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THE HISTORY OF THE BASILICA CISTERN

One of the magnificent historical constructions of Istanbul is the Basilica Cistern, located near south-west of Ayasofya (Hagia Sophia). This huge cistern, which was founded by Justinianus I, a Byzantine Empire (527-565), began to be called by the public 'the Sinking Palace' - and not without a reason, seeing the great number of marble columns arising out of the water. In place of the cistern was formerly found a great Basilica, which had probably been built in IIIrd or IVth century during the Early Roman Age to be used in commercial and legal affairs and scientific and artistic activities. The basilica was reconstructed by Ilius after it had burned down in a conflagration that broke out in 476. Then it suffered another conflagration. It had a marble statue during the calamitous Nika rebellion in 532 which terrorized the city.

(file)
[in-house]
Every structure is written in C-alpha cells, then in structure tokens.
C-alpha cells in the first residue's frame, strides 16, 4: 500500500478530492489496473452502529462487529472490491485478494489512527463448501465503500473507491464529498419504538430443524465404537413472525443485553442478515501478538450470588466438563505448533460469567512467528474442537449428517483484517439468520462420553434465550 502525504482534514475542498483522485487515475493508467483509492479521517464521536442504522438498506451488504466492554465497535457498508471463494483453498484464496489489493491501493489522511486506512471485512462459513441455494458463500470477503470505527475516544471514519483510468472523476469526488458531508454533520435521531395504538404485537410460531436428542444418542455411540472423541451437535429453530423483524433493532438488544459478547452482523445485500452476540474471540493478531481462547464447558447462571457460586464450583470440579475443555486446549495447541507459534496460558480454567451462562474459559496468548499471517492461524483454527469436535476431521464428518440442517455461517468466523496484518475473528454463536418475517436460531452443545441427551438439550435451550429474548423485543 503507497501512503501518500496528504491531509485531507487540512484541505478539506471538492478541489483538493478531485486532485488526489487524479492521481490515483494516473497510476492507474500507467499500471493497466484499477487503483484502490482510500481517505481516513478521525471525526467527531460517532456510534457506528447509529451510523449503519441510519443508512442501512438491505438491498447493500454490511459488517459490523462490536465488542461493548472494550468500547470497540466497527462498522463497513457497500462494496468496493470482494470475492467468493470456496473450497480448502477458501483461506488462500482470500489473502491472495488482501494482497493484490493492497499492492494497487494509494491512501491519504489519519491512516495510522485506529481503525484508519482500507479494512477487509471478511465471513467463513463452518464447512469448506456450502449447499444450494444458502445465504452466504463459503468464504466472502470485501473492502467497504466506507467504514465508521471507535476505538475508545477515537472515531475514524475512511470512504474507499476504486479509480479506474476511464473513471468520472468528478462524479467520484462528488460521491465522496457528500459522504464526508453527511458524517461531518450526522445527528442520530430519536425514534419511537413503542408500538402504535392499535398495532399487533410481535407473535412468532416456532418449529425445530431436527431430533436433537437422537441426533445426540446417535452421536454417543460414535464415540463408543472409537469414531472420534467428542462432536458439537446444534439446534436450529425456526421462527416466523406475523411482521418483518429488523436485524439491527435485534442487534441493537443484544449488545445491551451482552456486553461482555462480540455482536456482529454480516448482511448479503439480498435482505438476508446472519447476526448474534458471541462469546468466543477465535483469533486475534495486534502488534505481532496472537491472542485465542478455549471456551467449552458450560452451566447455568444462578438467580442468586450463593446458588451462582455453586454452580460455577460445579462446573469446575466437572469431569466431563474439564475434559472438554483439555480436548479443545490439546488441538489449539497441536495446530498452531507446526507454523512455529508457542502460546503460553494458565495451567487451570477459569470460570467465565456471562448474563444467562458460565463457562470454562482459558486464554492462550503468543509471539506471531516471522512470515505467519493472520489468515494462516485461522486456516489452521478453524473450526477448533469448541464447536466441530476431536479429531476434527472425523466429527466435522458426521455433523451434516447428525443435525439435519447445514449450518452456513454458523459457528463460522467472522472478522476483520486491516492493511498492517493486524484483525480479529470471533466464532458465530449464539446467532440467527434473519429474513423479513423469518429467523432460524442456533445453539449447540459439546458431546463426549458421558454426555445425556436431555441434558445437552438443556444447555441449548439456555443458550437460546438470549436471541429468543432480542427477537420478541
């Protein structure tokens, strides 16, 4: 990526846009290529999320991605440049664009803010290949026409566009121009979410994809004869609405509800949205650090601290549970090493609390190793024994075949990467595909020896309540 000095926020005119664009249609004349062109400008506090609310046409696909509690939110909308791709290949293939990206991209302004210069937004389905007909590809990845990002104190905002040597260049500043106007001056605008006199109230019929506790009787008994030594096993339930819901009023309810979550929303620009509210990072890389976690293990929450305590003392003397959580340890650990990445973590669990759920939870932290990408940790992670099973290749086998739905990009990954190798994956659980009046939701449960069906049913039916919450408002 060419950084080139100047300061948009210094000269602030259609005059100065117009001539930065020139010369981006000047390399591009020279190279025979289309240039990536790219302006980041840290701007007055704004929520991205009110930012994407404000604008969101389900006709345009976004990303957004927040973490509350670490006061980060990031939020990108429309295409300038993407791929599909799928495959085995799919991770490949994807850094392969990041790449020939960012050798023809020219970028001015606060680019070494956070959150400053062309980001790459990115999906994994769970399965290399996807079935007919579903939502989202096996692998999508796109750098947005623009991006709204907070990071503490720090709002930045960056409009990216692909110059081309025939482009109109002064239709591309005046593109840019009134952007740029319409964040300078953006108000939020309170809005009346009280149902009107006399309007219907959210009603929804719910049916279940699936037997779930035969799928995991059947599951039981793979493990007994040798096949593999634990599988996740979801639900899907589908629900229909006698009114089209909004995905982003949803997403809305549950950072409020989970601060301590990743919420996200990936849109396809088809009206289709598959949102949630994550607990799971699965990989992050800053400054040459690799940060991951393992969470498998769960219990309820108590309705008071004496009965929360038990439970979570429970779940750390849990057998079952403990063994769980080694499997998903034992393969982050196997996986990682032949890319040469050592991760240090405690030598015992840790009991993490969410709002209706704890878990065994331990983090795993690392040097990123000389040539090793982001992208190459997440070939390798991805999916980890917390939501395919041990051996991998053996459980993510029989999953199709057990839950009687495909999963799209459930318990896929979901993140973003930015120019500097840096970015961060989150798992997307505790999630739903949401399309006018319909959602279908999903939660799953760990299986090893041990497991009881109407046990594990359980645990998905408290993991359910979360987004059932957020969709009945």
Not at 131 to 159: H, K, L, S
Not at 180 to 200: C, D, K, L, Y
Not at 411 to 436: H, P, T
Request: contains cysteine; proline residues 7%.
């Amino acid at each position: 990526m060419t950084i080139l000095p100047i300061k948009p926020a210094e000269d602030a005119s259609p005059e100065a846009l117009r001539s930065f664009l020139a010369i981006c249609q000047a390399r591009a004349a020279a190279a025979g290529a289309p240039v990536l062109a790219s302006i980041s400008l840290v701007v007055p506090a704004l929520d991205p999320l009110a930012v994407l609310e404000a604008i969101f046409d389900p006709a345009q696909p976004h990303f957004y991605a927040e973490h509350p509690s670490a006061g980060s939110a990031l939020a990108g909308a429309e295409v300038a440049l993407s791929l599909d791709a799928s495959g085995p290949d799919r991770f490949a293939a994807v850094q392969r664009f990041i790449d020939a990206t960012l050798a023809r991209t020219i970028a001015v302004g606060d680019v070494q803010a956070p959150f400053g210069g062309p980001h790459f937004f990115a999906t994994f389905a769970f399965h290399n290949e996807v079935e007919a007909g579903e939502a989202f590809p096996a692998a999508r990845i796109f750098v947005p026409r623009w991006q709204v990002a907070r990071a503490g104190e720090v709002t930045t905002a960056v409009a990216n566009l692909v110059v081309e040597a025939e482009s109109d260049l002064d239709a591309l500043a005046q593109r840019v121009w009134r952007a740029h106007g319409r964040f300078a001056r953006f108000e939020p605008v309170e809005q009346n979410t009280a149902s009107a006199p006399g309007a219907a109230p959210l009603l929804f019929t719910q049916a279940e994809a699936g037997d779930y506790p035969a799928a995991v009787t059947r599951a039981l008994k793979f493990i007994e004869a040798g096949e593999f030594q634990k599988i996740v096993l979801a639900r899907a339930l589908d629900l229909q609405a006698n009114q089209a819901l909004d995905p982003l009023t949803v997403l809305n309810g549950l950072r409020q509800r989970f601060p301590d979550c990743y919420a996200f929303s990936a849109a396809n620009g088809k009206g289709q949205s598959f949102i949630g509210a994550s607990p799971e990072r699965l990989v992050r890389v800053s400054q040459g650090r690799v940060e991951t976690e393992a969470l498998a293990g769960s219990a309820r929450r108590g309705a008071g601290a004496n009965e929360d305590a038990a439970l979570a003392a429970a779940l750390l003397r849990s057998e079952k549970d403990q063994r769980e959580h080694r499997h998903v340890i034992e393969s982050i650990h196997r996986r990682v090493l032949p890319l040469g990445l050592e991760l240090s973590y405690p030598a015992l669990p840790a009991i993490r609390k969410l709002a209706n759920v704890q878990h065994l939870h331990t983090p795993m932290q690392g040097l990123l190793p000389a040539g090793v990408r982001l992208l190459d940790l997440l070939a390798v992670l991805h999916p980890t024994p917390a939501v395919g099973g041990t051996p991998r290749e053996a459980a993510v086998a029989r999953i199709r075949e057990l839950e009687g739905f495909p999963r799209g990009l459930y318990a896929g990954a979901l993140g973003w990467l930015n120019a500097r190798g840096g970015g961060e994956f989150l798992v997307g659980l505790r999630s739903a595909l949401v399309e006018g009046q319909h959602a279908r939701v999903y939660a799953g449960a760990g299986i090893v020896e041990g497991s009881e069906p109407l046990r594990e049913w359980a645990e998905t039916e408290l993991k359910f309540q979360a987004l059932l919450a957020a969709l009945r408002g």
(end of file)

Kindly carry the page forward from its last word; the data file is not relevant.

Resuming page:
This cistern that was laid on an area of total 9.800 m2 has the capacity to store 100.000 tons of water. The great majority of the columns in the cistern, excluding the few cornered or grooved ones, are in the form of cylinder, among which the one that was embroidered with repeatedly engraved and raised pictures of Hen's Eye, Slanting Branches and Tears particularly draw attention. As a matter of fact, this column has resemblance to the columns in the Triumphal Arch of Great Theodesius belonging to the IVth century (379-395) erected in the 'Farum Tauri' Square during the Byzantine Empire, the remains whereof are now found in today's Beyazıt Square. According to a narration, the reason why the figures thereon resemble tears is that it was erected to the memory of hundreds of slaves who died during the construction of the Great Basilica and has ever told their tragedy throughout centuries.

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Additional Photos by Coskun Tezic (Tezic) Gold Star Critiquer/Gold Note Writer [C: 1827 W: 7 N: 3377] (17867)
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